Compassionate allowance speeds SSDI, but beware of the ‘donut hole’
Donut holes are tasty treats. Try to swallow one whole, though, and it could kill you. There’s a sort of donut hole when it comes to Social Security Disability and if you feel you need the financial foundation it can provide, you need to be aware of system holes in the course of obtaining the benefits to which you are eligible.
It can sometimes take months, even years, to be approved for benefits. As we noted in a post in February, individuals with particularly serious conditions can seek expedited consideration of their claim, and if their condition is on the list of those eligible for a compassionate allowance, they should enjoy swift approval. However, that does not necessarily mean the benefits begin to flow as quickly.
Tips to bridge the gap
By law, the Social Security Administration is required to delay your benefits for five months. Payments are made to cover the sixth full month after you are approved. If you happen to suffer from a disabling terminal illness, you might live so long. Sadly, as the SSA itself acknowledges, many entitled to SSDI in such circumstances die before the window closes.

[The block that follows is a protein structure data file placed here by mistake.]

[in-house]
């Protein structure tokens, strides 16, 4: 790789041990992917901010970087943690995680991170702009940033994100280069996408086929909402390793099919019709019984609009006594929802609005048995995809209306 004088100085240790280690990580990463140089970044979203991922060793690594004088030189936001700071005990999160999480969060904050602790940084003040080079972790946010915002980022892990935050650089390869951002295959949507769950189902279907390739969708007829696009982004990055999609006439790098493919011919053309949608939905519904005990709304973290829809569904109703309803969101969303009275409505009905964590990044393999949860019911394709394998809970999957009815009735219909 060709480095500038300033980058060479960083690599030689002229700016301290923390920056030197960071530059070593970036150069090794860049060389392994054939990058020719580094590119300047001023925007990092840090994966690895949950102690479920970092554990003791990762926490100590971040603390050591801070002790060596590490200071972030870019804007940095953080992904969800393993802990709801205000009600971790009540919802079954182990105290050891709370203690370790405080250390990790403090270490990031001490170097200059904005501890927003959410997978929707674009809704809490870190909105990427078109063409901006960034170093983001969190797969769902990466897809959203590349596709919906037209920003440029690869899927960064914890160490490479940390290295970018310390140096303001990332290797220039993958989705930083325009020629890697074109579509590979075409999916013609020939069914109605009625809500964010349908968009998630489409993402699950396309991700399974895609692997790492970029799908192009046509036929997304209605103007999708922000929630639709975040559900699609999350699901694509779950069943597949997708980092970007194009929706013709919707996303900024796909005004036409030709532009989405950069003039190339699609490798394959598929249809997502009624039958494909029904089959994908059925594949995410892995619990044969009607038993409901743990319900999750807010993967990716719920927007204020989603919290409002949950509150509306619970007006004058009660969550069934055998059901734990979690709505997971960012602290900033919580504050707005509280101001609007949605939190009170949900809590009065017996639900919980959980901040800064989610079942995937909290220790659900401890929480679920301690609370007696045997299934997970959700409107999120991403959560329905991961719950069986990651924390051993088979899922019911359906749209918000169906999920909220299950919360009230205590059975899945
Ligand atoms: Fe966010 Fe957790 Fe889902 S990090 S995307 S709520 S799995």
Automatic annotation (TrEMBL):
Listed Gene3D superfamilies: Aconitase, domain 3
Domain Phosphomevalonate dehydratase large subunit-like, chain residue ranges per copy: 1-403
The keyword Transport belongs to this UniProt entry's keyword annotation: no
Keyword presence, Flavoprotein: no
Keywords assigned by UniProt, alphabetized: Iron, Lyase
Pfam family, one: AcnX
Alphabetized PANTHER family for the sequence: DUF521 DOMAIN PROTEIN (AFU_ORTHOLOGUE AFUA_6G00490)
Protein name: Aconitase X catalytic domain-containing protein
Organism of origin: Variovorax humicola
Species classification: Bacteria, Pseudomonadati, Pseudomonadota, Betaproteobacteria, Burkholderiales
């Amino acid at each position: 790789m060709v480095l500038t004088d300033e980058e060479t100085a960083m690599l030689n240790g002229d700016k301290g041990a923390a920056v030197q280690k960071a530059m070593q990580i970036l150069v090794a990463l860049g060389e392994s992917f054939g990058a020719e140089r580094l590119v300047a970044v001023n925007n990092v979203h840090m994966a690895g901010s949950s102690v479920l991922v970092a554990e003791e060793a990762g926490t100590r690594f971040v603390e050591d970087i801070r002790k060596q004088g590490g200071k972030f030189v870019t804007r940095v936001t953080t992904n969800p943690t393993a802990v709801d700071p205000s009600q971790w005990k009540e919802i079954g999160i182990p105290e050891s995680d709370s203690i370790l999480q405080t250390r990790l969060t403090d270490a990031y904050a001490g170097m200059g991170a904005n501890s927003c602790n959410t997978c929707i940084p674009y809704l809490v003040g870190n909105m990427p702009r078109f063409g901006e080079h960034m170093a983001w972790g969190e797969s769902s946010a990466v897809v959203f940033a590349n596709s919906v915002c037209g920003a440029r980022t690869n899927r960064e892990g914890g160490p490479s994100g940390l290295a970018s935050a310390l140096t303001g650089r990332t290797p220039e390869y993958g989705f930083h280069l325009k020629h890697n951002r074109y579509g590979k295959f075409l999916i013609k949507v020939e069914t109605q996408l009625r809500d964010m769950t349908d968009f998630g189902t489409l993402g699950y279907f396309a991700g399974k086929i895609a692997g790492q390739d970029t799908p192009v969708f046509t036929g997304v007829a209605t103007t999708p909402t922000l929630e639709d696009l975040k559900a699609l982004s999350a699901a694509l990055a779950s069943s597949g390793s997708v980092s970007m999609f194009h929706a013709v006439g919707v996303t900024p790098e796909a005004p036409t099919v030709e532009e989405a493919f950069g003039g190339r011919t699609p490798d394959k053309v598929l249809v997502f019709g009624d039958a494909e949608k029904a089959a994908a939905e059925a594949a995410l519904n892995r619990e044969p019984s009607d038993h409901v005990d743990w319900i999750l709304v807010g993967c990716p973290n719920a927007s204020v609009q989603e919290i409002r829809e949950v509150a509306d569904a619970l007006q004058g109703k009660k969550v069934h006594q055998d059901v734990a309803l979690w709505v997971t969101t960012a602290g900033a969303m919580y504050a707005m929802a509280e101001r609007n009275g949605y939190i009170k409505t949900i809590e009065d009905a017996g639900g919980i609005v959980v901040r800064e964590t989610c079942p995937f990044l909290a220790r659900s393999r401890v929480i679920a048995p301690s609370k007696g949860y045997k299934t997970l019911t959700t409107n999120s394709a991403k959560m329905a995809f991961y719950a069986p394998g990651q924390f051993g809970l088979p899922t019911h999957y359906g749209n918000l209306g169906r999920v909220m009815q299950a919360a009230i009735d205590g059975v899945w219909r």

Obviously, when trying to bridge the gap between approval and benefits, it’s necessary to draw on any financial resources that might exist. It might start by scaling back on expenses anywhere you can. Savings might need to be drawn on, but if you’re like most Americans it won’t be enough. If an SSDI claimant purchased private disability insurance or has benefited through their employer, it might be time to tap into that.
Some experts point to Supplemental Security Income as being a resource. It can be used to pay for food, clothing, and shelter. However, to qualify, individuals have to be close to destitute. Alternatively, there may be some help available through food subsidy programs and Medicaid.
Ultimately, what this reinforces is that individuals who are in dire need of help need to know what their options are and how to best go about protecting their rights. Speaking with an experienced attorney is the way to do that.